Housing in China
I guess because I spend so much of my workday looking at and thinking about housing materials and construction, I tend to notice these sorts of things wherever I go. So when I went to China earlier this year to visit my son and grandson, the following things stand out.
Most people in cities big and small live in apartment buildings. Individual residence homes are pretty rare.
Clay tiles are pretty much the standard roofing material used on most buildings.
While you can find central heating in the halls and the larger stores, you will not find it in the residences. At home, people have individual AC / Heater units in as many rooms as they can afford.
In the northeast, it's common to see radiators instead of these freestanding units, but the radiators are not self-regulated. The whole building is turned up, down, on or off together.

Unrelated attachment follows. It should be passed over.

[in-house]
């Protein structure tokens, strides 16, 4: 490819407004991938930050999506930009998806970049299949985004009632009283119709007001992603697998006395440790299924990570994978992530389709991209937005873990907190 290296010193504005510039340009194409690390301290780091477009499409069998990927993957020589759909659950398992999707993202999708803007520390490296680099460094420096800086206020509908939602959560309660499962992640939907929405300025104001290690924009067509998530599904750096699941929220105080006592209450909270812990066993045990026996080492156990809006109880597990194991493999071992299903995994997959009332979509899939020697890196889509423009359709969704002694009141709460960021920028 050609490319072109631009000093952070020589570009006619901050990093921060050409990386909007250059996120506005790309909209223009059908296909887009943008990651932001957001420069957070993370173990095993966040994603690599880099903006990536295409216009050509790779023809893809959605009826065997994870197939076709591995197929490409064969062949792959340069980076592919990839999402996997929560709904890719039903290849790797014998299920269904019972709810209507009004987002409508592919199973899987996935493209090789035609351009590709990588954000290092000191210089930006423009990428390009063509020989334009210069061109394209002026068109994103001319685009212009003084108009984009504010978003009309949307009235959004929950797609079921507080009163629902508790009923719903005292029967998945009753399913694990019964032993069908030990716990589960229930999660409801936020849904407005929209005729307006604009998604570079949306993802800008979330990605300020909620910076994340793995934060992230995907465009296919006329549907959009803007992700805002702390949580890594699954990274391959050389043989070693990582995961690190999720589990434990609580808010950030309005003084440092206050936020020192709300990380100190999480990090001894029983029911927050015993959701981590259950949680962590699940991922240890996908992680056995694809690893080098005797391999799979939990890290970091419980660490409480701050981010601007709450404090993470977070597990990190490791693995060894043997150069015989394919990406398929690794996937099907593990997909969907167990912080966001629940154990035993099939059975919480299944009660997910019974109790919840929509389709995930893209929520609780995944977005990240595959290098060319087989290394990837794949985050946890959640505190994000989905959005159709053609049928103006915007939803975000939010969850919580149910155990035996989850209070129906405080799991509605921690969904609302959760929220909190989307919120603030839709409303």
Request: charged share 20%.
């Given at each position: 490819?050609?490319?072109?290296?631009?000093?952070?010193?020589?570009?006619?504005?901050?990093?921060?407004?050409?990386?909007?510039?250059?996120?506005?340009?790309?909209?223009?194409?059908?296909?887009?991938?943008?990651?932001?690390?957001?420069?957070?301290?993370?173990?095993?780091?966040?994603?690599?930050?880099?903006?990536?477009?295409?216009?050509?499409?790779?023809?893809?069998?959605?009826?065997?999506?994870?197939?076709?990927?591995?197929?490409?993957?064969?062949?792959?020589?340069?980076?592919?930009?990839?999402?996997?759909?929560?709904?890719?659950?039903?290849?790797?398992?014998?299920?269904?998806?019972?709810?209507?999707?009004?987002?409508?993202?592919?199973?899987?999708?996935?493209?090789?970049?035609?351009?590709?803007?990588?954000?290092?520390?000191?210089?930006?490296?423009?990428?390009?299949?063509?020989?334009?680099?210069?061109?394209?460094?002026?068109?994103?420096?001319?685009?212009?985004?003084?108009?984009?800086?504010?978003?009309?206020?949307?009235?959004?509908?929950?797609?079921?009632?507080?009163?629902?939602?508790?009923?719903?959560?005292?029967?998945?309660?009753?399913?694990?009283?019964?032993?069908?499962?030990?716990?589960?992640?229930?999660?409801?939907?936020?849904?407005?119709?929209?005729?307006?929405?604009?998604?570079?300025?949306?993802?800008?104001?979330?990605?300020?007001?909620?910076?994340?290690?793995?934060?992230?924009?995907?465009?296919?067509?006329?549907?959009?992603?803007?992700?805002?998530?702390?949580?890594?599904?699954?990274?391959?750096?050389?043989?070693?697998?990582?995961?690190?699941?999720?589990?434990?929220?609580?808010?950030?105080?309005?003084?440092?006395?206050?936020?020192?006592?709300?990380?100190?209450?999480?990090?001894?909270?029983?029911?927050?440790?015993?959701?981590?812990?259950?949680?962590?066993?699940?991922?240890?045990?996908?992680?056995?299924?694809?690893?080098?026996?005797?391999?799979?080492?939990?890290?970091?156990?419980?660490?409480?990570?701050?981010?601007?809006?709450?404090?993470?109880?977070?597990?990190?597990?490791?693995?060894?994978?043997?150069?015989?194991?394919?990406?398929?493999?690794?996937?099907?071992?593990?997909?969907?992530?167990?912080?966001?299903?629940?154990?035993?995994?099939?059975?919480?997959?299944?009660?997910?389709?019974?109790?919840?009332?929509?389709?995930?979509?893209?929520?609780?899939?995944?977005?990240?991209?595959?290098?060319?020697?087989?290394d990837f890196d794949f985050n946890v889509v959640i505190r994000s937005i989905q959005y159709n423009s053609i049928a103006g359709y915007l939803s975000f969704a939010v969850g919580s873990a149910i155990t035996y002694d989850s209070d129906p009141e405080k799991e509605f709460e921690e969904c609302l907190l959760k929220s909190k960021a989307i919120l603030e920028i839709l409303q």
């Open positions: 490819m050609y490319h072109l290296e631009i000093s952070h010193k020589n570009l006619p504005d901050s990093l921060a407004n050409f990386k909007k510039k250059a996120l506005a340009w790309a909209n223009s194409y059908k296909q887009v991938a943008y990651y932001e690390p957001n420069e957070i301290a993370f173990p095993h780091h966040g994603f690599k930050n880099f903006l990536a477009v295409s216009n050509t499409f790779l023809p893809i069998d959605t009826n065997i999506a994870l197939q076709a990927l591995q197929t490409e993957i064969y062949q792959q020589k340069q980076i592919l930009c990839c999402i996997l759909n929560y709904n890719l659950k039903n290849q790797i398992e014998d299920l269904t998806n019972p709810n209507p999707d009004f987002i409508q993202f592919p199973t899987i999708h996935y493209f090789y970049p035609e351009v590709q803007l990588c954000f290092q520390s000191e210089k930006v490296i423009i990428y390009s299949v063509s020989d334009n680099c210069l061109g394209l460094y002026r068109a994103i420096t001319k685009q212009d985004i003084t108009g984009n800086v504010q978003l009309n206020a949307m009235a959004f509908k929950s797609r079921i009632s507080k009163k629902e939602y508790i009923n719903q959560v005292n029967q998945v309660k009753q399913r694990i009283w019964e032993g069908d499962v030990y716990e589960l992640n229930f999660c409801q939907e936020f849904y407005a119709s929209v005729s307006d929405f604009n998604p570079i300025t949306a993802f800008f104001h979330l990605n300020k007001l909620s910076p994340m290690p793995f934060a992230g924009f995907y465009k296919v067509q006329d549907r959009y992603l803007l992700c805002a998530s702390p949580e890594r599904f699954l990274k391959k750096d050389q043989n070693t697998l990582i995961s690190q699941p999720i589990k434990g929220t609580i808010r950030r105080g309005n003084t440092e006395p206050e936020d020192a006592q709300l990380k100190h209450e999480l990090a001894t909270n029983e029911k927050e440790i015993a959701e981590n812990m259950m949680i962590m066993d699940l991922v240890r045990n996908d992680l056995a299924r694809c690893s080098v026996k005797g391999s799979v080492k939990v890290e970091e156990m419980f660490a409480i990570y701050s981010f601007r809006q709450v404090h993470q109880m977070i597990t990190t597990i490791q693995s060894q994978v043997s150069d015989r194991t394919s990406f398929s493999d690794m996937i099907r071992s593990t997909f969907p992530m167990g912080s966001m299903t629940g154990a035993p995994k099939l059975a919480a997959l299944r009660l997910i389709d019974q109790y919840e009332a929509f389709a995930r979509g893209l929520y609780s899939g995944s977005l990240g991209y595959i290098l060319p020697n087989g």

They do not have hot water heaters that store hot water for use. They have gas heaters that heat water on demand.
In the big cities, most people have washing machines, but few have dryers. They hang their clothes out their apartment windows to dry, often on bamboo poles. You can walk around almost anywhere and anytime and see clothes hanging everywhere … even from the newest apartment buildings.
Carpet is very rare, and even rugs are not used much. In residences the floor is generally wood. In schools, it's usually just concrete.
If you buy a new apartment / house in China, it's usually unfinished. You buy a space with concrete floors, walls and ceilings, with holes in the concrete where toilets and sinks should go. The rest is your responsibility.